She taught me about separation anxiety and compulsive disorder (yes, it does exist in our canine population). She taught me about ophthalmology when she had cataract surgery. She taught me about the anxiety an owner faces when awaiting the biopsy report on a tumor that if not removed in it entirety, may result in amputation of her leg. Thankfully, for Buffy, the surgeon was able to get the tumor with clean margins, but that is not always the case. I learned how and how not to treat people who love their fur babies when they are anxious and scared.
And for the first few years after graduation from vet school, my experience with Buffy’s medical issues allowed me to better empathize with and educate my client pet owners. Having “been there” as an owner first, then as a veterinarian even today allows me to have that extra compassion when addressing the concerns my clients bring to me about their pets.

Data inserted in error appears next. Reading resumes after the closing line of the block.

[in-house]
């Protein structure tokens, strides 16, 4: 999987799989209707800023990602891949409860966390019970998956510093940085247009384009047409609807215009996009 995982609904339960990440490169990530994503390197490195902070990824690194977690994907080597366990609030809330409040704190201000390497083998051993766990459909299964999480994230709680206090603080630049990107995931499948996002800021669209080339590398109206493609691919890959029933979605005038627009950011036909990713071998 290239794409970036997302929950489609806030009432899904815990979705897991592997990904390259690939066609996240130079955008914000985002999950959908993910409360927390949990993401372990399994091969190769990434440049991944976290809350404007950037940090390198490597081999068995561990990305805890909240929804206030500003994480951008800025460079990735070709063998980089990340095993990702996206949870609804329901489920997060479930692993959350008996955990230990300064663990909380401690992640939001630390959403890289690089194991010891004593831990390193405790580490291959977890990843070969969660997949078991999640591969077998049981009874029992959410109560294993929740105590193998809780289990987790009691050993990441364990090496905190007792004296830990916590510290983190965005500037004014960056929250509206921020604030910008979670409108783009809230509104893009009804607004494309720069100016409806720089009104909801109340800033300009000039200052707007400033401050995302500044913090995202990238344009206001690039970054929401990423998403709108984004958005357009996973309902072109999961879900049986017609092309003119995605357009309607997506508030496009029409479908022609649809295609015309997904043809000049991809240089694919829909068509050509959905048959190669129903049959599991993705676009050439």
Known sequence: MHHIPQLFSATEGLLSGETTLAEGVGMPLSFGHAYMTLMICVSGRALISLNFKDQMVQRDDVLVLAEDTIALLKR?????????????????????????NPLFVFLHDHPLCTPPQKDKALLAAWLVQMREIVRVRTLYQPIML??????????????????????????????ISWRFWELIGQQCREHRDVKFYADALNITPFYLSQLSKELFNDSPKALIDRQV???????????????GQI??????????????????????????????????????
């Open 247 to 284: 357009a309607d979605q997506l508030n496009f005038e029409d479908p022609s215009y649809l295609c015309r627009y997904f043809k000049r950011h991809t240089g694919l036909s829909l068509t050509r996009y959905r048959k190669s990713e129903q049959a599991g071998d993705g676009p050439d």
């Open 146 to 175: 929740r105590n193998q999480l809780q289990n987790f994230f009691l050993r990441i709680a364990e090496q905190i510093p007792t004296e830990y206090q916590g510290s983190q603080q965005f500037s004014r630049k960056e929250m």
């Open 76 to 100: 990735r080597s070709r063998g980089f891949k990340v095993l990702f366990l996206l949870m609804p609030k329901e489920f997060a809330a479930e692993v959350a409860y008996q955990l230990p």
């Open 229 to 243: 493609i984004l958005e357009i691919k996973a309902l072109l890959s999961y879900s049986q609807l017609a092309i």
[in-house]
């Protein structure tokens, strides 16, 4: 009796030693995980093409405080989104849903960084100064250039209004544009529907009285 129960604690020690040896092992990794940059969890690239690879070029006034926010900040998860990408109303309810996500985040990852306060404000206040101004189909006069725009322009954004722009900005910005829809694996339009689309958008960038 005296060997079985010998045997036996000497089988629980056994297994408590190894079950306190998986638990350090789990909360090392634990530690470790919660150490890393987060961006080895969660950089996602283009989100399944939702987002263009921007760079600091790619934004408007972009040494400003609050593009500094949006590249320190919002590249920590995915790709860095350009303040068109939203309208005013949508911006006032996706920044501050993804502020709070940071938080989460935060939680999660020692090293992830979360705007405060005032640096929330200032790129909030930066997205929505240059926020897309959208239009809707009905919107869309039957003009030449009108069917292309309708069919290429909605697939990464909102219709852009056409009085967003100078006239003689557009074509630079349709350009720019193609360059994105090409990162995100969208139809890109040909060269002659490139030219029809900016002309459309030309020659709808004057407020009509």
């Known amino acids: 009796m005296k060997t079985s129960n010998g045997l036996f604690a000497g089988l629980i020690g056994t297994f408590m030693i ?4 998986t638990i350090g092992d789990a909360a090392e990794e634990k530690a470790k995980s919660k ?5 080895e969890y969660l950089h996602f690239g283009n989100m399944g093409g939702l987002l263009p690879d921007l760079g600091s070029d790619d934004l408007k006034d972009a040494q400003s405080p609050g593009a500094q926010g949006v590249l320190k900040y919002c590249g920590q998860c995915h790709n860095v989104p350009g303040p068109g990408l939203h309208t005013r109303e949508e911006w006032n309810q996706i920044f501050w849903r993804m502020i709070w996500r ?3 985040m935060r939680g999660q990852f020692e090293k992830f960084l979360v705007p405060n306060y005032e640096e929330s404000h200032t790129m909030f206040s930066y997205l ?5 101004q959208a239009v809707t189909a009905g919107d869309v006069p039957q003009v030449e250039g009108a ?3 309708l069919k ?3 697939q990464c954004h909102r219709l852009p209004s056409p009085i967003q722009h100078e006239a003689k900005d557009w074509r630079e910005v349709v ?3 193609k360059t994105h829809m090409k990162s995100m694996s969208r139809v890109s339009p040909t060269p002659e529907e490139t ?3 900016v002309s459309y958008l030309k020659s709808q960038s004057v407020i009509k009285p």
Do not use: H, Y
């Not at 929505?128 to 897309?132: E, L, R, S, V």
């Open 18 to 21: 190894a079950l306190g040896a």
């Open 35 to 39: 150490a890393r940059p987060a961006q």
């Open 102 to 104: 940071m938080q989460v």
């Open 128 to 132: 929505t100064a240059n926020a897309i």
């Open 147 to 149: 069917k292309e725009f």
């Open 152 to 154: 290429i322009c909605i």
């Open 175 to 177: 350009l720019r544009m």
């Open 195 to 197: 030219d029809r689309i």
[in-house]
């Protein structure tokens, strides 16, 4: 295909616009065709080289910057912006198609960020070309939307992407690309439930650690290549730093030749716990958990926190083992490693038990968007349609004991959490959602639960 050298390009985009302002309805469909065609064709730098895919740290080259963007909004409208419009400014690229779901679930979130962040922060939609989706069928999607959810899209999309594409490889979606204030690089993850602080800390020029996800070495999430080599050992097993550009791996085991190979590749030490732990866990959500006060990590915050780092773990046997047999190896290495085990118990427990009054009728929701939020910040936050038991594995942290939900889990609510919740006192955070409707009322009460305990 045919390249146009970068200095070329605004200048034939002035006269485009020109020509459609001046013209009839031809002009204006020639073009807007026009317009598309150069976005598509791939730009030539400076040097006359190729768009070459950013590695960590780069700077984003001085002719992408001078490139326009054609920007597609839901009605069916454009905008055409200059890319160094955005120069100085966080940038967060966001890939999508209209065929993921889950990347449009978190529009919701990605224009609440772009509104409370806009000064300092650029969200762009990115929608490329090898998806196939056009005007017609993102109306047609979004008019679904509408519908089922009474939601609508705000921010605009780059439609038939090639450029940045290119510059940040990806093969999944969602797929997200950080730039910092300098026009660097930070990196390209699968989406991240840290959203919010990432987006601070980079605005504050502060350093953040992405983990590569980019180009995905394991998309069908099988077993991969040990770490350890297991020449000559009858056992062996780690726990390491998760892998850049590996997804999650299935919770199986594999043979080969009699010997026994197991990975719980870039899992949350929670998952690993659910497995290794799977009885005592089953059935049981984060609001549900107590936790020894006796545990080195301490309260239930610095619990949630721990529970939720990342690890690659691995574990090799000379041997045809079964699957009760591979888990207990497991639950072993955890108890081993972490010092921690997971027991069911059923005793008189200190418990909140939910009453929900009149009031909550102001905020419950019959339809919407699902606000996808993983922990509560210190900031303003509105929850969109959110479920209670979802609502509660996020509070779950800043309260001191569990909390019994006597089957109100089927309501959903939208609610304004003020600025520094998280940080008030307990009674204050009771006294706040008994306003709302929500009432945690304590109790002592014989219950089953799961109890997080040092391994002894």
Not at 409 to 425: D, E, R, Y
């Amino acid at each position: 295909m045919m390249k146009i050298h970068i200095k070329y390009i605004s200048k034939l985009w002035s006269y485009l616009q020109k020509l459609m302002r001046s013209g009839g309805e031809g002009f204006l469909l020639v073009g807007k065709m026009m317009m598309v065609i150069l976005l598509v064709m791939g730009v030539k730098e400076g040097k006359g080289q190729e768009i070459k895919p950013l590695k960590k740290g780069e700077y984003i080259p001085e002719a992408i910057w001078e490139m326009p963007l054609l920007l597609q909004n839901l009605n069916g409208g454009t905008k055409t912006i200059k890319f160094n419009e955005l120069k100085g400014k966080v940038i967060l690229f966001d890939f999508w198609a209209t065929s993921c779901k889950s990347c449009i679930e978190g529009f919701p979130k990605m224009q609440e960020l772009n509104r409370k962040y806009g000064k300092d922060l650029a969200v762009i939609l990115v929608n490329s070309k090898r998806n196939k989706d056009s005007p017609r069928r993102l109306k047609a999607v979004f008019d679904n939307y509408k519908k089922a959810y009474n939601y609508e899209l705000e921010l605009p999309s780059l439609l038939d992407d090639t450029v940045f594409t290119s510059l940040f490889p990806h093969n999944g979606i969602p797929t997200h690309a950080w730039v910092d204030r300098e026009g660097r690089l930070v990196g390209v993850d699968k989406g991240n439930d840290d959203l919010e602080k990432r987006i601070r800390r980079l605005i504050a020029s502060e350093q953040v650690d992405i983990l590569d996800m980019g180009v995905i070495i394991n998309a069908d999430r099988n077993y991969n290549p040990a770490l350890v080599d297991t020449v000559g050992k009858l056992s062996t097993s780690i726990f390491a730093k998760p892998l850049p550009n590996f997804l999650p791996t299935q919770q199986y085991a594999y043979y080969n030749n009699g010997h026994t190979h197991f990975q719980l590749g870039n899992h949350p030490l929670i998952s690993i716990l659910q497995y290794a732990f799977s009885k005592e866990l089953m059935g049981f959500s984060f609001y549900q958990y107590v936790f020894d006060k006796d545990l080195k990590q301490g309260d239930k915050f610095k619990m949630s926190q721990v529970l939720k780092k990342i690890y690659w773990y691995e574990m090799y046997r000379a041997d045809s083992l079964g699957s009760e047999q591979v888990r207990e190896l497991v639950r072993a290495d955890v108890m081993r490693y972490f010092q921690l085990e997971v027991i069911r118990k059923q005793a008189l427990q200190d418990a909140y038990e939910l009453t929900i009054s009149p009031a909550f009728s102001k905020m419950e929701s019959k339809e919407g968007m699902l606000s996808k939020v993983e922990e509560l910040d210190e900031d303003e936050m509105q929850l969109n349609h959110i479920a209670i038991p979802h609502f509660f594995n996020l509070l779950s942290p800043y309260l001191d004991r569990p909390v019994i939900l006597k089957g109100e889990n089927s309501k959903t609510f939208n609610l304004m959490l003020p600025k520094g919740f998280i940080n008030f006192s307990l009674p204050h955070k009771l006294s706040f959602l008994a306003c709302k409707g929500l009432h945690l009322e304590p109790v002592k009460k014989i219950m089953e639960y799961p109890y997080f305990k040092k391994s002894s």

One of the most significant lessons Buffy taught me was that an owner’s instinct is always right concerning their pet. Although I didn’t understand it at the time, I knew intuitively that something wasn’t quite right with Buffy. She wasn’t doing anything abnormal. She wasn’t losing weight, she wasn’t having vomiting or diarrhea, and she had a healthy appetite. Her exam was normal. I ran the battery of tests I typically run when “working up” (or trying to diagnose) a potentially sick geriatric dog. I ran bloodwork, did x-rays, and even did an abdominal ultrasound–all normal. But something still wasn’t quite right.